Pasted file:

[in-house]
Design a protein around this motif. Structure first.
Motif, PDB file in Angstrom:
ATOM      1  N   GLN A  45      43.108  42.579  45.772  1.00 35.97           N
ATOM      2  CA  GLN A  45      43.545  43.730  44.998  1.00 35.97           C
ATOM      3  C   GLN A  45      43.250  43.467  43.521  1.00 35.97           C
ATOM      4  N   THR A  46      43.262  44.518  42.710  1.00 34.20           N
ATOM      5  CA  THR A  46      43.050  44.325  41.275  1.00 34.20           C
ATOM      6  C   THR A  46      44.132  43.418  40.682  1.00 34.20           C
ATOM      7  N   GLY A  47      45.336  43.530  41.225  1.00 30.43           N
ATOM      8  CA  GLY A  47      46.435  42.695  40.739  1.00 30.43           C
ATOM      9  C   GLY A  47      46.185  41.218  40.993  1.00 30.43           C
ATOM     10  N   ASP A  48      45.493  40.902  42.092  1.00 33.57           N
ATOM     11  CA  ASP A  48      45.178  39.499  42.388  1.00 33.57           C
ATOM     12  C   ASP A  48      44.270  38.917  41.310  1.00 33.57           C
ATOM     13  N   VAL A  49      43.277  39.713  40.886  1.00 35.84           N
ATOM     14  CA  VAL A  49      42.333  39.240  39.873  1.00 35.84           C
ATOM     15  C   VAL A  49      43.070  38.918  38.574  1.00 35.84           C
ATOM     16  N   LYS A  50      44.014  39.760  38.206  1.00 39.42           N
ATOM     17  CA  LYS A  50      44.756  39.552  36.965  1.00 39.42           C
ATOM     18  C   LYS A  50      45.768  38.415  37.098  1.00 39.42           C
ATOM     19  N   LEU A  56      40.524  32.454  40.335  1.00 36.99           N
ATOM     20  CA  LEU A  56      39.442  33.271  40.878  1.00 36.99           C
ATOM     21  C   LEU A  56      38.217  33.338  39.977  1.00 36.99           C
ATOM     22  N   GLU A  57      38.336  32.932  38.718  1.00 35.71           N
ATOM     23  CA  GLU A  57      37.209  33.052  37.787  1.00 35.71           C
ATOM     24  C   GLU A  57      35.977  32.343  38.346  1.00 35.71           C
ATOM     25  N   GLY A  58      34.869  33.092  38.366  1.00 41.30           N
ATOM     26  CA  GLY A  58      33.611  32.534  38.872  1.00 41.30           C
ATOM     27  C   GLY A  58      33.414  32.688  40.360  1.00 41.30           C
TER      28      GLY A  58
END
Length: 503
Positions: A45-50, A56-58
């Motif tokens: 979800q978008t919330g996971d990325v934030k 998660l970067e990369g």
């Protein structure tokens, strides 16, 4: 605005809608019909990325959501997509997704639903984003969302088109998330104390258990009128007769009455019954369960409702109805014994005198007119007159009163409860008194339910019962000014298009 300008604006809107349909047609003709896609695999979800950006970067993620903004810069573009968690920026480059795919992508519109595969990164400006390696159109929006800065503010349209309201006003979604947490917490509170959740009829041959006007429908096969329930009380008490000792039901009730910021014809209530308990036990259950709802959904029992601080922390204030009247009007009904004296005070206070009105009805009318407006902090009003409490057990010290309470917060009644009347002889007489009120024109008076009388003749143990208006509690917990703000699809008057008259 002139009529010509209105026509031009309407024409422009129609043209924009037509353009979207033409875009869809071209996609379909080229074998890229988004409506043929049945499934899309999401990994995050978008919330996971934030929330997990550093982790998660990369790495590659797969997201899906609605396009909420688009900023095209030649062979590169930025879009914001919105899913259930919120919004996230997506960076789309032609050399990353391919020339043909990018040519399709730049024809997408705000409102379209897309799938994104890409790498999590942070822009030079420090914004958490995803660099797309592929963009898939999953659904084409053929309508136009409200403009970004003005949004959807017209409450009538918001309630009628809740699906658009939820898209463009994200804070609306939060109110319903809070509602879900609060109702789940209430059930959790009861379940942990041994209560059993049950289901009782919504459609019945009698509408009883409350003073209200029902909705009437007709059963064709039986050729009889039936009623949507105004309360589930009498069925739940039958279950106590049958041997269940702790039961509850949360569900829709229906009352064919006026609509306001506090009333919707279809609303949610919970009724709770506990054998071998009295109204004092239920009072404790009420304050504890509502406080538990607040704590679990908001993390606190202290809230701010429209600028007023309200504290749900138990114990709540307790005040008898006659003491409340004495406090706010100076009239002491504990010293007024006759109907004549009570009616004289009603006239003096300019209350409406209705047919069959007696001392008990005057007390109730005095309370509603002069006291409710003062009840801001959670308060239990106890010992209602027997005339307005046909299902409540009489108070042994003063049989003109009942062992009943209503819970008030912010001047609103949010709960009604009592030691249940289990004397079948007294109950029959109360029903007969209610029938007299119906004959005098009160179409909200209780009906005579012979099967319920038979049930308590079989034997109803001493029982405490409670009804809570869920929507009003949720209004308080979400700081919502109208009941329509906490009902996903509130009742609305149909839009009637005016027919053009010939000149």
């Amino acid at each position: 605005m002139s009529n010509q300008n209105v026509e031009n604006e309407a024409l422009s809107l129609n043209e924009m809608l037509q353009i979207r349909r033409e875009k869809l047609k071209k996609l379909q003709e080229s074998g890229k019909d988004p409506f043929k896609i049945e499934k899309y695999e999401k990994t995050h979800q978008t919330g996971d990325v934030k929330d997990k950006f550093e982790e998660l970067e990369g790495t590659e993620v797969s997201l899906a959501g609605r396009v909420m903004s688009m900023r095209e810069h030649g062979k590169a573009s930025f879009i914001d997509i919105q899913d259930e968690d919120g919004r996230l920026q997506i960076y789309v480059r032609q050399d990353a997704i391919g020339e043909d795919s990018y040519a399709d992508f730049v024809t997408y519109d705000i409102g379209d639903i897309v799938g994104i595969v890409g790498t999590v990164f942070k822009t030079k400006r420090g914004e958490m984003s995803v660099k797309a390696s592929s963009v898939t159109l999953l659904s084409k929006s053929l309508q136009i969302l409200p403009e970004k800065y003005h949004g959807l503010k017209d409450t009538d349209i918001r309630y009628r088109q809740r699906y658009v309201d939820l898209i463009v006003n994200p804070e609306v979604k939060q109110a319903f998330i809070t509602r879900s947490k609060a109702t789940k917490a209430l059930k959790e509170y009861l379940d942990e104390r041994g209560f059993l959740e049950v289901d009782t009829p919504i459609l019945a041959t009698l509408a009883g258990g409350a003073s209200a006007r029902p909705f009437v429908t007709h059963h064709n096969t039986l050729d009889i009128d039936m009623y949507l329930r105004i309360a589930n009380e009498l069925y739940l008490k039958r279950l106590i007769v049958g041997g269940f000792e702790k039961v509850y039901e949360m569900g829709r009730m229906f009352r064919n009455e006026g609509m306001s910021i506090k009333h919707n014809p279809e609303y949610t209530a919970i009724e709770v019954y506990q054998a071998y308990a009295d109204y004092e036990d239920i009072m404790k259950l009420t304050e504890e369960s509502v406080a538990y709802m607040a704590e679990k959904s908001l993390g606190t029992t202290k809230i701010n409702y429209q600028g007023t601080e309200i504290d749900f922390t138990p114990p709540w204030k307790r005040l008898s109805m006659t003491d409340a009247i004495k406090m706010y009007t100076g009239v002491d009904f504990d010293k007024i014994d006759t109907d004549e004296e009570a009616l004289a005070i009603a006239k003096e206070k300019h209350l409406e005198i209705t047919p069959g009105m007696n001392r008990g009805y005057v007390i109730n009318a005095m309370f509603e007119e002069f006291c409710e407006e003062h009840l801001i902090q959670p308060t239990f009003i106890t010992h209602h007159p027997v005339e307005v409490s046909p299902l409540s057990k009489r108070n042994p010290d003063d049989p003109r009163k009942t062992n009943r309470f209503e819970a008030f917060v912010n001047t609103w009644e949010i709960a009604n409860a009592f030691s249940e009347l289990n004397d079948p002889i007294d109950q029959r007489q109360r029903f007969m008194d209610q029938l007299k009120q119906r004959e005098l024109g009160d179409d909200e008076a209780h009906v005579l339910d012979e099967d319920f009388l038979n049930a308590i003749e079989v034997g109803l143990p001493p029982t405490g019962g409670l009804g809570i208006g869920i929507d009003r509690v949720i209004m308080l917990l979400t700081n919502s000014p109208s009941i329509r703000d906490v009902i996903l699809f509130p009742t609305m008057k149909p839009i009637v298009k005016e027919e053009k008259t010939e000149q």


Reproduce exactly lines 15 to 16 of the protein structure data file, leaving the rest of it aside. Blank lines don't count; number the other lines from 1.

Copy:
ATOM     12  C   ASP A  48      44.270  38.917  41.310  1.00 33.57           C
ATOM     13  N   VAL A  49      43.277  39.713  40.886  1.00 35.84           N